I could never put my finger in why I dislike digital images (until they’ve been run through a film emulator) so I gave up on it. I did appreciate the lightweight gear though. That’s sometimes a huge bonus, especially if, like me, you take the bulk of your photos when travelling/on holiday.

I’ve come to realise darkroom work is my favourite part of photography, so digital is a waste of time, no matter the final output.

Chriscrawfordphoto 03-21-2019 23:50

Quote:

Originally Posted by FujiLove (Post 2876665)
Lifeless. Without soul. Bitingly sharp. Almost having a Ďplasticí look. Sometimes looking like video.




That look comes from over-sharpening then overdoing the noise reduction. When processed correctly, digital images look natural and beautiful.

willie_901 03-22-2019 05:58

Quote:

Originally Posted by giganova (Post 2876649)
I used the "Monochrome with a yellow filter" profile.

Questions to those who have a better mind than me:

Do sensors have a linear response (as opposed to a logarithmic response of film)? And do sensors have a narrower dynamic range? ...

Digital cameras are linear devices. There is always a raw file and its data are linear. This means all digital images should be rendered using non-linear parameters.

When you use in-camera JPEGs the raw file data is rendered using non-linear parameters based on menu selections. When you render images from raw files in-post production the rendering software applies default parameters or parameters you previously stored as a default starting point. I view post-production raw rendering as I view film development and printing. Different scenes and different exposure require different techniques.

Negative scans also start out as non-linear data. Whether or not you actually see a a non-linear version depends on the software. VueScan (and other platforms) can generate non-linear rendered image files.

Until recently film dynamic range was greater than digital image dynamic range. It is complicated to compare the two directly (one example). Different film emulsions have different dynamic ranges.Today many digital cameras have a dynamic range similar to film and some have more.

Digital imaging requires optimum exposure to achieve the highest possible analog dynamic range. This means using the longest practical shutter time and widest practical aperture. Camera motion, subject motion and DOF requirements often dictate exposure must be lower than the sensor's maximum threshold. As the ambient light level decreases the effective analog dynamic range decreases.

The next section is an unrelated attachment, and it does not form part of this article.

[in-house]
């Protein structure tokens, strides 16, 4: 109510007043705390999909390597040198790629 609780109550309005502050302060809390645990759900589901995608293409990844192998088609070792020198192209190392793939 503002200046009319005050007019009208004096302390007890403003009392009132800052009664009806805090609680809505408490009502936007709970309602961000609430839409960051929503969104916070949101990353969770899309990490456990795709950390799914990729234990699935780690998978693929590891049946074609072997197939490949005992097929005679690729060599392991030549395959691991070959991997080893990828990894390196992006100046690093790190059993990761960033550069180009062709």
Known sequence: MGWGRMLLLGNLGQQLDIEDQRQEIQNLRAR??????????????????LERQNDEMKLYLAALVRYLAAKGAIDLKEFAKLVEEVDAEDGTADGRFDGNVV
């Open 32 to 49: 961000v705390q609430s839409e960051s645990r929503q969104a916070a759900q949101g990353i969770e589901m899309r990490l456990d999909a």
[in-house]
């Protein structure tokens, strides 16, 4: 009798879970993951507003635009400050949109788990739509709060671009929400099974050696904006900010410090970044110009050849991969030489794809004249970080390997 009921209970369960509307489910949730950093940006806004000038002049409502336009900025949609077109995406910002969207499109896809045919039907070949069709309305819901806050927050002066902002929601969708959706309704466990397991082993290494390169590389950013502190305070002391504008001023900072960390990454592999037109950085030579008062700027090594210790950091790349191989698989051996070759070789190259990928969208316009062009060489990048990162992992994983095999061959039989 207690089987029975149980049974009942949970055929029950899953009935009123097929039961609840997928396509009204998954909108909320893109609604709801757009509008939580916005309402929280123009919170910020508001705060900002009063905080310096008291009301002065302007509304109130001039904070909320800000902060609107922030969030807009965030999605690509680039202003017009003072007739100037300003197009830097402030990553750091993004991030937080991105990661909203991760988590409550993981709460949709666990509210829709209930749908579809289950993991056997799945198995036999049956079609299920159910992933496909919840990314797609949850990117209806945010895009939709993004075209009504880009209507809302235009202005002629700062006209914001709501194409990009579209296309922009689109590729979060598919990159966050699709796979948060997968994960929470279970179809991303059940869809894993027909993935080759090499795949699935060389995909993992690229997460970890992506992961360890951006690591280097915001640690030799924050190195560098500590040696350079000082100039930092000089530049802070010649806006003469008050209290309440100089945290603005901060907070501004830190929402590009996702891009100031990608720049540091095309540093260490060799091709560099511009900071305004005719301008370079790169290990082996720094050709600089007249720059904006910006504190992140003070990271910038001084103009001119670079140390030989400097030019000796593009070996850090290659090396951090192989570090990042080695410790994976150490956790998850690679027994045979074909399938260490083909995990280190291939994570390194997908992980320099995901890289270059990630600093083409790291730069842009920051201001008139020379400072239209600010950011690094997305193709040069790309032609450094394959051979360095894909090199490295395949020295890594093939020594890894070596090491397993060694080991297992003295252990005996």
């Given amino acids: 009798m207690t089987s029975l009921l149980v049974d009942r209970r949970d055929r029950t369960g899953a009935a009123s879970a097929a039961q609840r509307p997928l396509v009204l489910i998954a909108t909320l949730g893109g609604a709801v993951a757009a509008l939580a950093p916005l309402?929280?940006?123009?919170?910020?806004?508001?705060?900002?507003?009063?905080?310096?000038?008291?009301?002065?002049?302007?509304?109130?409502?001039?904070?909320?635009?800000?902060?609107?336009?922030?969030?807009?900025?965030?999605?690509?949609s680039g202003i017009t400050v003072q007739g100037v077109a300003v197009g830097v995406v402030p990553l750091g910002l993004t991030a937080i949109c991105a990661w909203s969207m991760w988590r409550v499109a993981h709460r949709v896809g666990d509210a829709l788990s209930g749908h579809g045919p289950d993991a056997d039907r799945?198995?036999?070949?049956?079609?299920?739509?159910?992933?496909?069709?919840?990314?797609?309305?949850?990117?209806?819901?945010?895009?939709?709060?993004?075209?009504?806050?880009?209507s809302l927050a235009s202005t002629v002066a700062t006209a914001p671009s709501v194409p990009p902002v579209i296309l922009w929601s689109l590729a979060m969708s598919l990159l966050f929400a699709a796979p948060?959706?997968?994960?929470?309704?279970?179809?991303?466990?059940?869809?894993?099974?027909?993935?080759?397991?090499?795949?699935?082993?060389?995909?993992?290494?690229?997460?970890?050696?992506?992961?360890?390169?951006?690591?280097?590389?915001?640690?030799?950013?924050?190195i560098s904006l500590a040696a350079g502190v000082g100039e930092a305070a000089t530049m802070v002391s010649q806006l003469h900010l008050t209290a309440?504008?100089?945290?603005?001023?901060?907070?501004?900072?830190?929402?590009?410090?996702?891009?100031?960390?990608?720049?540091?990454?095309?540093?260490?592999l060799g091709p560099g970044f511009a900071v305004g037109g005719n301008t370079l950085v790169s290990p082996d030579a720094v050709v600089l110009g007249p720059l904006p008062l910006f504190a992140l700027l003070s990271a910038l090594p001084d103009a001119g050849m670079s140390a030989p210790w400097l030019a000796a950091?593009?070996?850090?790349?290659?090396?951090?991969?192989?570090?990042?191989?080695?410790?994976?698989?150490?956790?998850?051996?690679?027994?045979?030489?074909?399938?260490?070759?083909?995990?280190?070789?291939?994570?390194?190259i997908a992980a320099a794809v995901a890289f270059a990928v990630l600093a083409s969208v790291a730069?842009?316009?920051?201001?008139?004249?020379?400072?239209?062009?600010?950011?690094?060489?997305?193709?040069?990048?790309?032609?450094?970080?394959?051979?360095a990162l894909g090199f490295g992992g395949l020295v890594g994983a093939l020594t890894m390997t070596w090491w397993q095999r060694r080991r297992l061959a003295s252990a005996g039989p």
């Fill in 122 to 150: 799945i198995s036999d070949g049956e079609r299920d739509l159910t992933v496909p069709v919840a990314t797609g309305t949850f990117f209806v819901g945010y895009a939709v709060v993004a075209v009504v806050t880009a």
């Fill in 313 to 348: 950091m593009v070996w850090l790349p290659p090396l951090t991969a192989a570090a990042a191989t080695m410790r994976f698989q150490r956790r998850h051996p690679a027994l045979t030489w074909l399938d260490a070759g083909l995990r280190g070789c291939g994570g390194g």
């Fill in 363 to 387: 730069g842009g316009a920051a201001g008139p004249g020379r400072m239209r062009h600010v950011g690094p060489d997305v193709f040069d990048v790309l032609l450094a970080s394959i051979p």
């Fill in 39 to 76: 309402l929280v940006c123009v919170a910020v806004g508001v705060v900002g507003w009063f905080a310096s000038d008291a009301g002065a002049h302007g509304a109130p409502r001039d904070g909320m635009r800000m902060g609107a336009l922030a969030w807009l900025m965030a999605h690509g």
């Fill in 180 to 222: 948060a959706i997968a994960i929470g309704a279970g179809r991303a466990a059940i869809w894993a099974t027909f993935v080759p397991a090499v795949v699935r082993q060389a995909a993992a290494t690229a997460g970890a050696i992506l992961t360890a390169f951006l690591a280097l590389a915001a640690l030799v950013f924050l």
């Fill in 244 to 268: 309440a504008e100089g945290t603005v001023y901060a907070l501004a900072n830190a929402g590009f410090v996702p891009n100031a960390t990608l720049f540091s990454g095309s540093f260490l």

peterm1 03-22-2019 06:07

I think that this thread should not constitute a debate about film v digital (yet again - it still comes up occasionally). The truth is many people prefer digital and some (still) prefer film. Good luck to them both. I have no problem with that.

As for me though I do not find anything too objectionable about the "look" of digital especially when it comes to color photos. But I do perhaps agree that its damnably difficult to consistently get really first class black and white results in digital no matter how you shoot and process your shots. (Or maybe I have just not yet learnt the right skills) But occasionally I fluke it, so it must follow therefore that you can most certainly get good, even very good if not "perfect" black and white results with some effort and skill.)

I would also say that for many like me who prefer digital over film it is not just a matter of how the image looks though as implied above I am basically pretty happy with the "digital look" at least when it comes to color images. I should admit at this point that I post process all of my images quite a lot. The real issue for me is that I do post process quite a lot but given that in the film days this pretty much demanded a dedicated room in my house equipped with wet and dry areas this option was seldom available to me back then except when I could access someone else's darkroom. Post processing is now available to me because all that is required is a PC and some software and some time to develop the required skills to "drive" both of them. And for me this is the real deciding factor in whether to shoot film of digital.

In fact I am the mirror image of FujiLove who stated "I’ve come to realise darkroom work is my favourite part of photography, so digital is a waste of time, no matter the final output." I feel precisely the same way about film but in reverse- I enjoy the creative component in post processing, but post processing film is just not an option open to me, therefore film is pretty much a waste of time for me as it can never give me what I want.

As I said though for those who prefer film and have the skills and resources to do it well, good luck to them, I wish them well.